}
        	}
 
		return $._dataHolder[0].innerHTML;
	}
});

If you have improvements for this code, please email me at eirikhm@gmail.com

6 Responses to “Yii-Framework: Preventing duplicate JS/CSS includes for ajax requests”

  1. Clever solution. I was looking for something like this only.

    Many Thanks,
    Utkarsh

  2. But there are some issues like it is not loading css even if not loaded already. For example I used EAjaxUpload externsion and it was not loading fileuploader.css file.

    Also i tried to alert incomingScripts[i].src that is coming out to be undefined.

    Thanks,
    Utkarsh

  3. Ok, so what was originally gonna be a troubleshooting reply has turned into a Praise. This has got to be the easiest solution to this common problem.

    I would however state that it needs getting a bit into the code, in cases where you don’t really have a common implementation (or even in some common ones, like type JSON).

    I ended up slightly editing this to process type JSON which makes it possible to use this generic dataHook to parse JSON to object, retrieve the known HTML render attribute, search and clean duplicates on it, then converting it back to JSON so the App never has a problem with what it receives (always the expected type).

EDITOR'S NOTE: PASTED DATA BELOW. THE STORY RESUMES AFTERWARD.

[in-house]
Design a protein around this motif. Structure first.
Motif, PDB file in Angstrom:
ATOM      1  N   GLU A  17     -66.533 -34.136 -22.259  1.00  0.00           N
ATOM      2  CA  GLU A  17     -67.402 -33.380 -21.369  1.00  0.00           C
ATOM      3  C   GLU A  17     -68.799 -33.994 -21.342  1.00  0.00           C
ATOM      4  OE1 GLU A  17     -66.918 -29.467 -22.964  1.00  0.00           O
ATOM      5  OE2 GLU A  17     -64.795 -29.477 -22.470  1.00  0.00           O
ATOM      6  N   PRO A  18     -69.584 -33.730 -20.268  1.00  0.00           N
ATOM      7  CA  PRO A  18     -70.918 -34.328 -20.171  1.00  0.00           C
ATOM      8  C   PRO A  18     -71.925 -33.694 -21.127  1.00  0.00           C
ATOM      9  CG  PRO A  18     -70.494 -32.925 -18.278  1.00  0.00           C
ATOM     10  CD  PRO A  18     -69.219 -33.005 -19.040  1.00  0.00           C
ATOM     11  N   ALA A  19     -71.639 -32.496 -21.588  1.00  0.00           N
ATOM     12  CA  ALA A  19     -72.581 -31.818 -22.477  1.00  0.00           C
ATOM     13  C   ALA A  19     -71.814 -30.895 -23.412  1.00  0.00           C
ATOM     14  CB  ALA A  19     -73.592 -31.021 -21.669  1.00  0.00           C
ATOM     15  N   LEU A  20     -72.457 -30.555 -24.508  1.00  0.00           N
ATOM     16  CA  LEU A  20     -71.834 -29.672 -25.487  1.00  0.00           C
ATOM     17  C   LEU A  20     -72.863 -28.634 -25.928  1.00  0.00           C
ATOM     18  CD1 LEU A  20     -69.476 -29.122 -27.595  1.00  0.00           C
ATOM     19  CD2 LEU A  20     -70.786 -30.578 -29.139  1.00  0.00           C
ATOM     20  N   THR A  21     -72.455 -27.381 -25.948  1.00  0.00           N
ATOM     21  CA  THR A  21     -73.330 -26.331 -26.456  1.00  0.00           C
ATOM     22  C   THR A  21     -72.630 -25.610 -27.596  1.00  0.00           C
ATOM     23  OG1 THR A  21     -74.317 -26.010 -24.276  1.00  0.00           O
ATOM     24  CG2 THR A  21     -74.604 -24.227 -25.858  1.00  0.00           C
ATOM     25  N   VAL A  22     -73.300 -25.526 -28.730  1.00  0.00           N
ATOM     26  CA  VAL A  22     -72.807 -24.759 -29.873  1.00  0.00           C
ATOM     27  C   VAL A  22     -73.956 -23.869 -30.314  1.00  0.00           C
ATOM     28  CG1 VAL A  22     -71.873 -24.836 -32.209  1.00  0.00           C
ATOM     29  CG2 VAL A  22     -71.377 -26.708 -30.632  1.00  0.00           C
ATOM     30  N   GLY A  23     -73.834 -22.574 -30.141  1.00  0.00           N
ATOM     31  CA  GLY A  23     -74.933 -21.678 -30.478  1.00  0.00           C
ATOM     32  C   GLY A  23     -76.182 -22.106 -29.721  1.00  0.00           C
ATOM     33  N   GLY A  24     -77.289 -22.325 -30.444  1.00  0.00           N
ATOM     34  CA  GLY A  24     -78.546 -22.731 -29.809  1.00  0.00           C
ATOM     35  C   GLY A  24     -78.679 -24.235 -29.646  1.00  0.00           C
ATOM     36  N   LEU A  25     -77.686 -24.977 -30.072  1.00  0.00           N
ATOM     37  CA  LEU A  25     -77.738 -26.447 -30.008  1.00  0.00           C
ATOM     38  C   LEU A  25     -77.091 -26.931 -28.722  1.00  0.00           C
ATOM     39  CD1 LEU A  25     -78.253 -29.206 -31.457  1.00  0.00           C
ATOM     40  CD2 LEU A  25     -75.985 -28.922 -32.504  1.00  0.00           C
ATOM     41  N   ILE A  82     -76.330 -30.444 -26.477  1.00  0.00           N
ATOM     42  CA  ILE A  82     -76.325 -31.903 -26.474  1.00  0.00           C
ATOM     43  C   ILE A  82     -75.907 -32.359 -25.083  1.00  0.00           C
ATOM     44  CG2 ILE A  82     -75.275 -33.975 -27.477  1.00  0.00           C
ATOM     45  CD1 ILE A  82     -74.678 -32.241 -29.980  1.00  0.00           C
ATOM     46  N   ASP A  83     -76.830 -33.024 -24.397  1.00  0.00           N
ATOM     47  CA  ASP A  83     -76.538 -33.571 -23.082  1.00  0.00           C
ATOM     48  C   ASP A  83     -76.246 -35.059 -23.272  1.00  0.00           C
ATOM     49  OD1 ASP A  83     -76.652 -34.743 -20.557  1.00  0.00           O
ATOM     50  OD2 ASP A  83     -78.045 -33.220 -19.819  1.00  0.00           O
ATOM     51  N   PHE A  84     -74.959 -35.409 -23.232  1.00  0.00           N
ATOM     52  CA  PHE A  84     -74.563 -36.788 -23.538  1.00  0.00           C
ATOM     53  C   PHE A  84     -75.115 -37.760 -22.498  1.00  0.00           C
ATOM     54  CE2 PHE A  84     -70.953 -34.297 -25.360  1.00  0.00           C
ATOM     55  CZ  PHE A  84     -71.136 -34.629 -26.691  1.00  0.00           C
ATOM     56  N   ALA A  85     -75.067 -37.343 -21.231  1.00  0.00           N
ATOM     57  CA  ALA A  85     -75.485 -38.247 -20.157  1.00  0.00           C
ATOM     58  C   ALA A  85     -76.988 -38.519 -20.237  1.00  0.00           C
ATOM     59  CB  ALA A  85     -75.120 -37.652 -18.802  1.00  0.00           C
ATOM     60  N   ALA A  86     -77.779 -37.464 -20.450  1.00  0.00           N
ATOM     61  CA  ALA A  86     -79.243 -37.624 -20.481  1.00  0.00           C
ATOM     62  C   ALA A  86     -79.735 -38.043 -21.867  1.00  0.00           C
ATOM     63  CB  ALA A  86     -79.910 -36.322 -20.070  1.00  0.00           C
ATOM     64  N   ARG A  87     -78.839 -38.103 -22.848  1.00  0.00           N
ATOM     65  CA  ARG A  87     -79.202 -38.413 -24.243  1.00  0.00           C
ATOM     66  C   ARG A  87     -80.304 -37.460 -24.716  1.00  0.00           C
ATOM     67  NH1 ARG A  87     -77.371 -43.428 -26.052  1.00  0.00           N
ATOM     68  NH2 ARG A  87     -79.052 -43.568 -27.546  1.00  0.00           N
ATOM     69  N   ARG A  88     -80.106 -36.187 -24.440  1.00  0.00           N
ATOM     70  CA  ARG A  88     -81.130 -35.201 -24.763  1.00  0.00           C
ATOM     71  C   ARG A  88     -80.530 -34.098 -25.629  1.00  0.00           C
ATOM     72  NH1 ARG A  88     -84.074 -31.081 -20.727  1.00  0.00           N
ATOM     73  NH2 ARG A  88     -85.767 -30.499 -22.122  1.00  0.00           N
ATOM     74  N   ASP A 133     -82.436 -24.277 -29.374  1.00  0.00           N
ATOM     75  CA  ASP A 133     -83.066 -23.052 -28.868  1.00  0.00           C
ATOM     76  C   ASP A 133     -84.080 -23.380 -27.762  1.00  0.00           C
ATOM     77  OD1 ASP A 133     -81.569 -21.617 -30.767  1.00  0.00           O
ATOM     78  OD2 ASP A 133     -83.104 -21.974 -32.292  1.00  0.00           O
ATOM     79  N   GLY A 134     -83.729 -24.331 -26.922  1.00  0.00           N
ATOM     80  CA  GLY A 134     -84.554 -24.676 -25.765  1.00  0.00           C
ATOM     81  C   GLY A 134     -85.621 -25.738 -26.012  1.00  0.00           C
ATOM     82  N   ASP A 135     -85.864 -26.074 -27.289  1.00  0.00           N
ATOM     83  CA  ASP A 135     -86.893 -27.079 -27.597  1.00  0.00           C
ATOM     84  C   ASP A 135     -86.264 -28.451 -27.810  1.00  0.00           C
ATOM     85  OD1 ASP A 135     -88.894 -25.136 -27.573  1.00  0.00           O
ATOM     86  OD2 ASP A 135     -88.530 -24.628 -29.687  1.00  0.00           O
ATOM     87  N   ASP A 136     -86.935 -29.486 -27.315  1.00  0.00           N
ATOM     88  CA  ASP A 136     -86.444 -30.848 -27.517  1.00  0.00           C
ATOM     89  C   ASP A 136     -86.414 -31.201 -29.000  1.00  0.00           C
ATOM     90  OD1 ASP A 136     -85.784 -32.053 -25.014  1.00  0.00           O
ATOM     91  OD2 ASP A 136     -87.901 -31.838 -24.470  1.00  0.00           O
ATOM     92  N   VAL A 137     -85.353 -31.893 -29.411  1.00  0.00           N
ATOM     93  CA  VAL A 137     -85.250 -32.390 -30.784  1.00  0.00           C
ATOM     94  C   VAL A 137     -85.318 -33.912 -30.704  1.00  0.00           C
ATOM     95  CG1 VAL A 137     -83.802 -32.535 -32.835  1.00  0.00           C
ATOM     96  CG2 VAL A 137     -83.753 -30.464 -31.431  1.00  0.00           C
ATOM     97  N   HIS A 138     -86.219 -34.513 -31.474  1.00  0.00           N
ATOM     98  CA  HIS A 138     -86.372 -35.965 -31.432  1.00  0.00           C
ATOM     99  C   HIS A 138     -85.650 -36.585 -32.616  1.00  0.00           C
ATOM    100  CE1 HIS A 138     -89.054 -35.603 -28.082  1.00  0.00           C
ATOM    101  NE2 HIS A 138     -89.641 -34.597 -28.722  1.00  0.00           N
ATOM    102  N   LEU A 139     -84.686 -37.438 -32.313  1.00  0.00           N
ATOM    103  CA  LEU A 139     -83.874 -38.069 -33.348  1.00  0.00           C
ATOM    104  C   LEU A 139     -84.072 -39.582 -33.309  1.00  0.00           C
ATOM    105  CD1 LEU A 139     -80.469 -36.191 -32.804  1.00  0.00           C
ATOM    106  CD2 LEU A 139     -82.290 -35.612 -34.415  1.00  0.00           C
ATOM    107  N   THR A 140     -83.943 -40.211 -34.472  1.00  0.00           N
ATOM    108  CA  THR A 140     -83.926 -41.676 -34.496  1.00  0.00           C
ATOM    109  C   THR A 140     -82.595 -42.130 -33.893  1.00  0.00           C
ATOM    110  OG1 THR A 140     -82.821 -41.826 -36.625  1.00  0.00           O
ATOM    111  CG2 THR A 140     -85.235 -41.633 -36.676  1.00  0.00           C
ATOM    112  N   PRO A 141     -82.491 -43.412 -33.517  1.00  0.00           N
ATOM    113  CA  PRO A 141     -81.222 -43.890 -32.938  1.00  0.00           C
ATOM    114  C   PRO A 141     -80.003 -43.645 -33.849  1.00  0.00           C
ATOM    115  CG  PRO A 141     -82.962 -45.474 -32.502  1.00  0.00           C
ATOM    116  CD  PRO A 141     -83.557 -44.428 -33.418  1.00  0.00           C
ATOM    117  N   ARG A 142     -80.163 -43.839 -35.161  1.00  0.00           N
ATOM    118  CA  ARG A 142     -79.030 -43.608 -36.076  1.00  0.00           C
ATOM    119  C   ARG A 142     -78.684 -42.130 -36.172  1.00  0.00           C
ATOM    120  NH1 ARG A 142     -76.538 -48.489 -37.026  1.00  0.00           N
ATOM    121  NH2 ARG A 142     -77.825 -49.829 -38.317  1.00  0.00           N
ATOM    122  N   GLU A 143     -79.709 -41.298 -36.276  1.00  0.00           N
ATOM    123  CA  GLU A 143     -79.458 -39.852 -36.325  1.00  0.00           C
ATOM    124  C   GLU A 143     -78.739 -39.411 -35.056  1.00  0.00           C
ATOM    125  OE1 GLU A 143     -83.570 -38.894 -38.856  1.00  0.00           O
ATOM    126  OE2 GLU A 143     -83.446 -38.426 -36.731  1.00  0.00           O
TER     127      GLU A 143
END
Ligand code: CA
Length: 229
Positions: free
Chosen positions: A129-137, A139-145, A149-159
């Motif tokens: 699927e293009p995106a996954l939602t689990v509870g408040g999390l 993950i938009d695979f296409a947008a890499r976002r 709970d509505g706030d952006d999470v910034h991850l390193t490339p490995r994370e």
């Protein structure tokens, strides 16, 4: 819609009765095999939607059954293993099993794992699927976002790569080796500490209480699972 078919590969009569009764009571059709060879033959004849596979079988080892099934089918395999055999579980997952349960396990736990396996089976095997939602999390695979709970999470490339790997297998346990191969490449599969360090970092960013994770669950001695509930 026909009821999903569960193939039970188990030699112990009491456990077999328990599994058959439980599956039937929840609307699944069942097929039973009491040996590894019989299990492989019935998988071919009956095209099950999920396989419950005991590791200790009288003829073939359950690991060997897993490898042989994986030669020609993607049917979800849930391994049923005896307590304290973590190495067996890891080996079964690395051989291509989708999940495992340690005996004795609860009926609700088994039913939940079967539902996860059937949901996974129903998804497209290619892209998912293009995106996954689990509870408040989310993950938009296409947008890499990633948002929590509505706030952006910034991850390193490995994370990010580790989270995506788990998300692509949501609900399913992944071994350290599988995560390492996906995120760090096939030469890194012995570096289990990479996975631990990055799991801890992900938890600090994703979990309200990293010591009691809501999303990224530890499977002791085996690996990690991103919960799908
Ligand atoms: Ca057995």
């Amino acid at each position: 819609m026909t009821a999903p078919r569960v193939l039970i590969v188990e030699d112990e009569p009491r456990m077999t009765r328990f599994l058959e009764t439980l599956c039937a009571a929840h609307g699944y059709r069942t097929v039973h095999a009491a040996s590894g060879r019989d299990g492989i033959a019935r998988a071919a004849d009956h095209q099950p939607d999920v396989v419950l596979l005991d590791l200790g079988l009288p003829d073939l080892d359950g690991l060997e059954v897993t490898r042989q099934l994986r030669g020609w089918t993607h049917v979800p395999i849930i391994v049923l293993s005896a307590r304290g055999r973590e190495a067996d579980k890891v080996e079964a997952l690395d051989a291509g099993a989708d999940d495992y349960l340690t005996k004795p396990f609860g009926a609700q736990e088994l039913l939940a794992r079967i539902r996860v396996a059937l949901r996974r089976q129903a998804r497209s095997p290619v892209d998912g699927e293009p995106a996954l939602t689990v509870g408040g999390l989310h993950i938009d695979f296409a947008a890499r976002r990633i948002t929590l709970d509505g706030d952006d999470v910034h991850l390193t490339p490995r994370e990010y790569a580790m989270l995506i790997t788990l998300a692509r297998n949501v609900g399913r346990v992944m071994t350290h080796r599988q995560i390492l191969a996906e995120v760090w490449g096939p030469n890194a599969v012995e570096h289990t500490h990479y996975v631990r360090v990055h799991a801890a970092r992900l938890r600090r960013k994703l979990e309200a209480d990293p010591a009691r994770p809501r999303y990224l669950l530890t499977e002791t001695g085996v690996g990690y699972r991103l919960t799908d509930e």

Thank you very much.

  4. Hi, your code is really nice. I use this one as solution for the described problem. How ever you script has a little bug. CSS files don’t have an attribute src. So you have to use href instead.

    I modified your script as follows:
    $.ajaxSetup({
    global: true,
    dataFilter: function(data,type) {

    var getScriptUrl = function (entry)
    {
    if (entry.type == “text/css”)
    {
    return entry.href;
    }

    return entry.src;
    };

    // only ‘text’ and ‘html’ dataType should be filtered
    if (type && type != “html” && type != “text”)
    {
    return data;
    }

    var selector = ‘script[src],link[rel="stylesheet"]‘;

    // get loaded scripts from DOM the first time we execute.
    if (!$._loadedScripts)
    {
    $._loadedScripts = {};
    $._dataHolder = $(document.createElement(‘div’));

    var loadedScripts = $(document).find(selector);

    //fetching scripts from the DOM
    for (var i = 0, len = loadedScripts.length; i < len; i++)
    {
    $._loadedScripts[getScriptUrl (loadedScripts[i])] = 1;
    }
    }

    //$._dataHolder.html(data) does not work
    $._dataHolder[0].innerHTML = data;

    // iterate over new scripts and remove if source is already in DOM:
    var incomingScripts = $($._dataHolder).find(selector);
    for (var i = 0, len = incomingScripts.length; i < len; i++)
    {
    if ($._loadedScripts[getScriptUrl (incomingScripts[i])])
    {
    $(incomingScripts[i]).remove();
    }
    else
    {
    $._loadedScripts[getScriptUrl (incomingScripts[i])] = 1;
    }
    }

    return $._dataHolder[0].innerHTML;
    }
    });

    Now it works perfect!

    Regards Robert

  5. [...] schlecht handelbaren Problemen. Auf der Suche nach einer Lösung zu diesem Problem, bin ich auf das Blog von Eirik Hoem gestoßen (wer mehr über die Hintergründe des Problems erfahren möchte, kann sich dort gern [...]

  6. Nice one :) This was really helpful.